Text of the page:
The man made terrain of village, town and city may serve our needs well, but seem an unlikely place for wildlife. From a vantage point above, the Lebanese cities (like Beirut right) seem just concrete jungle – huge expanses of sterile gray. However a number of animals have adapted well to the urban environment and are seldom found any where else.

Also there are green corners in even the most built up areas and because Lebanon is on such an important bird migration high way these green oases can harbor a surprising diversity of migrants in the right season. A great place to look for such birds and other wild life are the ancient ruins and tourist sites. Often in urban settings (our ancestors lived in the same places) they are free from development, hunting and often have overgrown banks and extensive areas of green. Examples of such sites in the heart of towns are: the Roman excavations of down town Beirut (left), Byblos castle and archaeological site, the Hippodrome at Tyre, The Roman site at Beit Mary (right) and many many more.


In fact because there is so much concrete towns and cities heat up more quickly than the surrounding, largely green, country side in the spring. This causes thermals of hot air to rise above them and soaring birds use these to gain height on their long migration journeys. So keep a watch for flocks of large soaring birds. (See migration and Storks).

Huge flocks of soaring birds pass over towns and cities in the spring and fall. In this case as can be seen from the second picture – White Pelicans (Pelecanus onocrotalus).

Some birds specialize in living close to man and make our towns their permanent homes too. Amongst the commonest in Beirut is the Laughing Dove (Streptopelia senegalensis) top right. Other birds are more widely distributed, but reach their highest density in our towns. If there are gardens, parks or similar habitats the Yellow-vented Bulbul (Pycnonotus xanthopygos) bottom right, is commoner in town than outside.

Certain species arrive in the spring to breed in the urban setting, leaving in the late summer. A good example is the Common Swift (Apus apus). In summer its screaming cries can be heard over many town and village squares. Other species descend from their mountain summer haunts to lower altitudes where they spend the winter in warmer conditions. Many of these birds will come into towns. Both the Blue Rock Thrush (Monticola solitarius) below left, and the Black Redstart (Phoenicurus ochuros) below right, can be found in rocky areas in towns in the winter – particularly ruins.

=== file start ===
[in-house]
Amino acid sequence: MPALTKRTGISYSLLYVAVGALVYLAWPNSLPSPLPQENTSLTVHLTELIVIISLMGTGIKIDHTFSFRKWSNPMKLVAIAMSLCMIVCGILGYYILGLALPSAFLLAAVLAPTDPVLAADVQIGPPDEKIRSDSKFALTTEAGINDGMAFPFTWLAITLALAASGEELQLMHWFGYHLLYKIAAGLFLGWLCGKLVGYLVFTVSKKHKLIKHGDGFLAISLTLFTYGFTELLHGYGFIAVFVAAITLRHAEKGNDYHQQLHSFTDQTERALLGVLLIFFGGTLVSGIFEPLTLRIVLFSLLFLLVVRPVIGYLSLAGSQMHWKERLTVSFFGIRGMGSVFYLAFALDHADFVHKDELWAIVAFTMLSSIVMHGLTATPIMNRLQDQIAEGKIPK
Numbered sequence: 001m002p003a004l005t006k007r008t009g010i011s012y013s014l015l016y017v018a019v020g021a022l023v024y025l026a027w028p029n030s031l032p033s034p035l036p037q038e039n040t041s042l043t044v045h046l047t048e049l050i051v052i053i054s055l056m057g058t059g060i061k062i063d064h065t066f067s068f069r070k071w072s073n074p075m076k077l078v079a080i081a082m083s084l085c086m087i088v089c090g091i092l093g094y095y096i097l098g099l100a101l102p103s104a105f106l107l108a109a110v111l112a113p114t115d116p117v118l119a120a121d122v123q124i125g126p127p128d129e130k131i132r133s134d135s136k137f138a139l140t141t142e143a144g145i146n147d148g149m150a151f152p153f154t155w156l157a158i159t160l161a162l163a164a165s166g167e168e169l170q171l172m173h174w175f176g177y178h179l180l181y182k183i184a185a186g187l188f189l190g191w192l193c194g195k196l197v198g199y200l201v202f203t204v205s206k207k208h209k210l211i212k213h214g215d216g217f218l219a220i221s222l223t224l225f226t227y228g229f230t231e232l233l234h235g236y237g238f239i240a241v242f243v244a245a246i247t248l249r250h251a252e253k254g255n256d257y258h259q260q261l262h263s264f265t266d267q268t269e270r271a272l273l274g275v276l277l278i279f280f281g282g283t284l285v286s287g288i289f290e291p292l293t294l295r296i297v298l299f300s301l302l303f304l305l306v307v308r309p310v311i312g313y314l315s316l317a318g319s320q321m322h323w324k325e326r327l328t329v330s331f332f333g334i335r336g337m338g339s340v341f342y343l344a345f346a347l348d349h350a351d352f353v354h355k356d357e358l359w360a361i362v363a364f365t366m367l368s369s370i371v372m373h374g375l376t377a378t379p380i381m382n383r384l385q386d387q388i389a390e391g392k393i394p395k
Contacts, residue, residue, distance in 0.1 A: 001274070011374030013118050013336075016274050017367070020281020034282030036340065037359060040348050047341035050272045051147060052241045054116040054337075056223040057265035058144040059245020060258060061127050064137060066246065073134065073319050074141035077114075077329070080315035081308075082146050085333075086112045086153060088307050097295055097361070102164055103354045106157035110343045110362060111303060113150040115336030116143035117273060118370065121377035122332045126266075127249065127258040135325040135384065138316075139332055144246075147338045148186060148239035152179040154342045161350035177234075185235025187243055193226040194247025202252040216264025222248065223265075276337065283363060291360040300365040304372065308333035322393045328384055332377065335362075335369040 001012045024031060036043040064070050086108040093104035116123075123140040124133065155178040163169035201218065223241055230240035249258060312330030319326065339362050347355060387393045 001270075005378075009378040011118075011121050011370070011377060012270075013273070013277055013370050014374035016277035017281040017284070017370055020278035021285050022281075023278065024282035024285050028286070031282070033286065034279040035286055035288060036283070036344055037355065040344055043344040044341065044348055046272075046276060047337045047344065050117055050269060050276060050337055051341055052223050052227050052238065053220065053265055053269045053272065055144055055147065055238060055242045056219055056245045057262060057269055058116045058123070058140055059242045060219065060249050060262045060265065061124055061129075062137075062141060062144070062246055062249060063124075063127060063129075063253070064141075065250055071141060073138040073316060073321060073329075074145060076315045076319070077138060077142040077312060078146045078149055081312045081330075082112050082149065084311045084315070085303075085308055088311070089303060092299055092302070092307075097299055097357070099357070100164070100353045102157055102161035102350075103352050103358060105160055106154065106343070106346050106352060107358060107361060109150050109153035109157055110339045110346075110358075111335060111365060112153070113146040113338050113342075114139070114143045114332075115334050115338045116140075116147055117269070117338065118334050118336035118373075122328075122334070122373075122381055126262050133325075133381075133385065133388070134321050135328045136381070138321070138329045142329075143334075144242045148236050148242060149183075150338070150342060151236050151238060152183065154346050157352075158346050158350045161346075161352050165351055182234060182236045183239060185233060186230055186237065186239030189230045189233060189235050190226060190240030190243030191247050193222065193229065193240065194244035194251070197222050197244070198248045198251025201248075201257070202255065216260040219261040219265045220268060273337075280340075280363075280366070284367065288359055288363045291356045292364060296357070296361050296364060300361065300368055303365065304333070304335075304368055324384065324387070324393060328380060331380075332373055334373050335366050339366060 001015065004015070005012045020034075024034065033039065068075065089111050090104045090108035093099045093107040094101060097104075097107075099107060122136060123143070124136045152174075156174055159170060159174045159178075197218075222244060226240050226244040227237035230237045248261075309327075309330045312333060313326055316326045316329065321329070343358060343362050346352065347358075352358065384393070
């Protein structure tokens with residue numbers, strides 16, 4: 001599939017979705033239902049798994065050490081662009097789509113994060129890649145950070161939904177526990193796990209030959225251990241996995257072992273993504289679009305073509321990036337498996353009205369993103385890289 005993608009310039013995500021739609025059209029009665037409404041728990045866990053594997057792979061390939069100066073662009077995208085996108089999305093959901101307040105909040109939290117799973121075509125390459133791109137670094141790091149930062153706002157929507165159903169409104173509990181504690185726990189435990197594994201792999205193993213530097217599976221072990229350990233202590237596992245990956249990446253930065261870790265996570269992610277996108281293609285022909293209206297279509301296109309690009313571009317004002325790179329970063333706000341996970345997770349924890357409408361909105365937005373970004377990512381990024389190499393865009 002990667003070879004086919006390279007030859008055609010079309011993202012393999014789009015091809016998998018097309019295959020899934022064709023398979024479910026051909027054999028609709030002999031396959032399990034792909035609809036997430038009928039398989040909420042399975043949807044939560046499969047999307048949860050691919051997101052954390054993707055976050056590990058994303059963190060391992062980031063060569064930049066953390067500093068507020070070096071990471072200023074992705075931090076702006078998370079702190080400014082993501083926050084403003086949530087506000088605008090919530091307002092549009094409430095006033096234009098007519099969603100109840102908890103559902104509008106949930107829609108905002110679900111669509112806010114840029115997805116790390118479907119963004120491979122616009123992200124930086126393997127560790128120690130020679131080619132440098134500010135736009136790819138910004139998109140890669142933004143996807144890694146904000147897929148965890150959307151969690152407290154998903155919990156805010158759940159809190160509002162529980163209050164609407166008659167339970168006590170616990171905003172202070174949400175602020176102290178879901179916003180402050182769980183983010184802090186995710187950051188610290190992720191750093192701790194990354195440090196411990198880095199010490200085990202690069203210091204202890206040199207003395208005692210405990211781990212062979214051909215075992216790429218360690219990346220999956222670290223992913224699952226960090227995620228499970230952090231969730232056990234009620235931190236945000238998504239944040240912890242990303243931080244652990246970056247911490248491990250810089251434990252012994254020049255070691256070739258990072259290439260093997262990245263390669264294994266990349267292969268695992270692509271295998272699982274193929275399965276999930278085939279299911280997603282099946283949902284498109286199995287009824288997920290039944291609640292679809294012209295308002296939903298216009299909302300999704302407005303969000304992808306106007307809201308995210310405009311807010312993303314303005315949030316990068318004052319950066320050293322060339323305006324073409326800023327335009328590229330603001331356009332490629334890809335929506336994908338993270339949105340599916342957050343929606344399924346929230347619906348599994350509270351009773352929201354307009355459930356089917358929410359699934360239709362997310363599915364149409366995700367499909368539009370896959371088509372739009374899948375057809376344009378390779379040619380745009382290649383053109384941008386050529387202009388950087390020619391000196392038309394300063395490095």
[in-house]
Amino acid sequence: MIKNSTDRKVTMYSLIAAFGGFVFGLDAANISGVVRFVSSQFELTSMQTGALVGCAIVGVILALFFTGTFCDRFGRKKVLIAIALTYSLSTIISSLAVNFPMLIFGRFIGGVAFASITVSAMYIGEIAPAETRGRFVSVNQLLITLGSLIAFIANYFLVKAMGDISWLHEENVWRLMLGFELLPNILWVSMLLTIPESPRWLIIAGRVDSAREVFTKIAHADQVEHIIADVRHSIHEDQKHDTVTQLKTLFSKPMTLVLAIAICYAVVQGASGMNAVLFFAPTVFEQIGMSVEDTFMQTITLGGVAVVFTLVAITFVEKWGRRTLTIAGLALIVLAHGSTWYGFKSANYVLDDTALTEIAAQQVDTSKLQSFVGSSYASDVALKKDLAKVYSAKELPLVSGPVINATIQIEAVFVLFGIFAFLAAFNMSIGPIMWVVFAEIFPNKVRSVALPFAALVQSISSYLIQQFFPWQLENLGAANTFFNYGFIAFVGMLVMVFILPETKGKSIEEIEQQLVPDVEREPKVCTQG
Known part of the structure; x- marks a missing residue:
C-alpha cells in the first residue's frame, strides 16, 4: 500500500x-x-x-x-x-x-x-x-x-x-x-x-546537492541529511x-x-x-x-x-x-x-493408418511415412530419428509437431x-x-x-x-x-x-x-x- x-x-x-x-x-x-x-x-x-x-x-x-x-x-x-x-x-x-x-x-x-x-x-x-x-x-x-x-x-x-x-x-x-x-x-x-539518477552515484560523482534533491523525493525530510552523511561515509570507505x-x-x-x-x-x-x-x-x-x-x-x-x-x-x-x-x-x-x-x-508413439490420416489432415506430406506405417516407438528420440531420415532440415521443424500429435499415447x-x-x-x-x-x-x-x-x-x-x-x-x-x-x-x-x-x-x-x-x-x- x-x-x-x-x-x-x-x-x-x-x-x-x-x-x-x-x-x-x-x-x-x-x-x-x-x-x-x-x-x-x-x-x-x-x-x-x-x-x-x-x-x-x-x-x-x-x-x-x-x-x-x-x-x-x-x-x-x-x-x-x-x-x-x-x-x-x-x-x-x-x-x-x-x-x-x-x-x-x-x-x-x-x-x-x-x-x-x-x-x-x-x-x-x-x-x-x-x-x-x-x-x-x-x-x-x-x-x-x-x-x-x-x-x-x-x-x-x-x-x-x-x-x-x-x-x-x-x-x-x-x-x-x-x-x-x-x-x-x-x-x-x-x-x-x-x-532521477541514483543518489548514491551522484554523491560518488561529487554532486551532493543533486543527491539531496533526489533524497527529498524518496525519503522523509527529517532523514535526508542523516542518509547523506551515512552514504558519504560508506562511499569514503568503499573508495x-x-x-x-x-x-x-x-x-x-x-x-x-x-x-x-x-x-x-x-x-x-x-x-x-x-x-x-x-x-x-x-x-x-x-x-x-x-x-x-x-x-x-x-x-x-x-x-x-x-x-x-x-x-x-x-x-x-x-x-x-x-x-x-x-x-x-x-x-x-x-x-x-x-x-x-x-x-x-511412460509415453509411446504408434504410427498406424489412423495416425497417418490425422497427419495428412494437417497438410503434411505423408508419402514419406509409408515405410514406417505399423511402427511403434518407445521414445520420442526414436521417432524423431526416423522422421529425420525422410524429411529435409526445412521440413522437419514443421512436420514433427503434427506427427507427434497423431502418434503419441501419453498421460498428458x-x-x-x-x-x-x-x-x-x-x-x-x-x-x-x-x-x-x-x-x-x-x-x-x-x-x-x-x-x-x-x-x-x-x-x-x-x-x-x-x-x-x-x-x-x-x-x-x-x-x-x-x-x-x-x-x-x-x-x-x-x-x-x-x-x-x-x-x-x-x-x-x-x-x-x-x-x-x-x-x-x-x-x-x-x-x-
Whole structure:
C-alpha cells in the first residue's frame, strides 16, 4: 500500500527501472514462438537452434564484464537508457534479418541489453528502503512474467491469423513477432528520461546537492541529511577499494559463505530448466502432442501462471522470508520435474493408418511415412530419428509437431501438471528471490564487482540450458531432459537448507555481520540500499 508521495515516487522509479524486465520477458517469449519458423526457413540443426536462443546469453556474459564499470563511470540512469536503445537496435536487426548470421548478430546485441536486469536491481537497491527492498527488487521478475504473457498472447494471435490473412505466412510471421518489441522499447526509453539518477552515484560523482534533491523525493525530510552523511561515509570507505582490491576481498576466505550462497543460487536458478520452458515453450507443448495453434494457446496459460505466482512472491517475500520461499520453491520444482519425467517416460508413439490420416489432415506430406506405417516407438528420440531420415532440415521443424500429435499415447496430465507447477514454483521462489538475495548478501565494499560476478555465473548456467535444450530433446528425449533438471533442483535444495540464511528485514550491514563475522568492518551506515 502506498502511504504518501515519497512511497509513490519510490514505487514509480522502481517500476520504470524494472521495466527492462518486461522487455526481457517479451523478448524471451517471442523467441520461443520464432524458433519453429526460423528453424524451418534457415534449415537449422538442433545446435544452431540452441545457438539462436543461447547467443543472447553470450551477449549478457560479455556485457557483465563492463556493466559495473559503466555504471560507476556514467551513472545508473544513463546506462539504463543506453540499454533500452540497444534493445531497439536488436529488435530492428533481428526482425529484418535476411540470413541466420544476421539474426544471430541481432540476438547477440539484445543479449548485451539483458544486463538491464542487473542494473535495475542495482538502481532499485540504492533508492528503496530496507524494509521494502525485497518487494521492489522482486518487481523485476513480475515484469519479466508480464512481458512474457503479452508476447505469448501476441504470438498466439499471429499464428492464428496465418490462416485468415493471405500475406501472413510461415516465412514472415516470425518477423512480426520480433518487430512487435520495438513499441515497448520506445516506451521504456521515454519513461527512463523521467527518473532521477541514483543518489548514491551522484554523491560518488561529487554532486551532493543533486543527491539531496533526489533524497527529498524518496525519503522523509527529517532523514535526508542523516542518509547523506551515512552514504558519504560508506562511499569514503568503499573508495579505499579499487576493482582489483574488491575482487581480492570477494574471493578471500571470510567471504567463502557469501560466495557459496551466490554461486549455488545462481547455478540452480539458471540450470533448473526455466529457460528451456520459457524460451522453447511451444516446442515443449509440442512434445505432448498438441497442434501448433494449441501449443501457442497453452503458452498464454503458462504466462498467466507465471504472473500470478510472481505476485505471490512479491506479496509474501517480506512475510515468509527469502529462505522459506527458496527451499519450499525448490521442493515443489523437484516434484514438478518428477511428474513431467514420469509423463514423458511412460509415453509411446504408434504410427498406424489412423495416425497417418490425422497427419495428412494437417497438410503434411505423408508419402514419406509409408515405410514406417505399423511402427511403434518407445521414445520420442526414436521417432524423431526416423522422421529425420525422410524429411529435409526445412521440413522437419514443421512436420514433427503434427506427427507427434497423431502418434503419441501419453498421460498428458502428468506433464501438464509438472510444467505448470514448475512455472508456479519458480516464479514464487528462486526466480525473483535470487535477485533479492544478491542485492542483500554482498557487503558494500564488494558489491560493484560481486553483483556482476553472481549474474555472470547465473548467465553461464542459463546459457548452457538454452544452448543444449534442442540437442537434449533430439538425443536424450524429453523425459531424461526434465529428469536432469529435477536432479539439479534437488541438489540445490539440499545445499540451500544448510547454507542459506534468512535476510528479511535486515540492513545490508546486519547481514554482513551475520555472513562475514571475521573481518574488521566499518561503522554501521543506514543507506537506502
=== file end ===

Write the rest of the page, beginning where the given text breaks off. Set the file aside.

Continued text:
Most wild mammals are scared of people and stay well away from cities and towns (see Mammals). However there are a few species where the opposite is true and they are associated with people, making their living right along side us. In Lebanon, as elsewhere, this is supremely true of the House Mouse (Mus musculus praetextus) and the Brown and Black rats (Rattus norvegicus and Rattus rattus). Considered pests and disease carrying animals, they live in close association with us, feeding from our trash. Recent studies in capital cities of the world show that our throw away society has made them more common than ever before. It is estimated in London you are never more than 4m from a rat – similar statistics will hold for Beirut.

Other species, that are less closely associated with cities but will benefit opportunistically from our garbage , can sometimes be found deep in our urban space; e.g. the Stone Martin (Martes foina syriaca) and the Jackal (Canis aureus syriacus). Particularly, in areas where woodland habitats are close to the city limits, the eerie cries of the Jackal can be heard at night. No wonder it is called “Ibn Awa” = son of the howl.

Lastly, mammals that you can easily see almost any where in Lebanon, including cities, are bats. One species is especially common and comes out a little before dark; Kuhl’s Pipistrelle (Pipistrellus kuhli). If you are walking near trees and you see a large black shape flying above you, at night – it is probably a Fruit Bat (Rousettus aegyptiacus). Common throughout coastal cities where there are gardens and fruit to eat, they are huge bats.

A walk on the wild side at night in a coastal town and you might see house mice (Mus musculus praetextus) and Egyptian Fruit Bats (Rousettus aegyptiacus).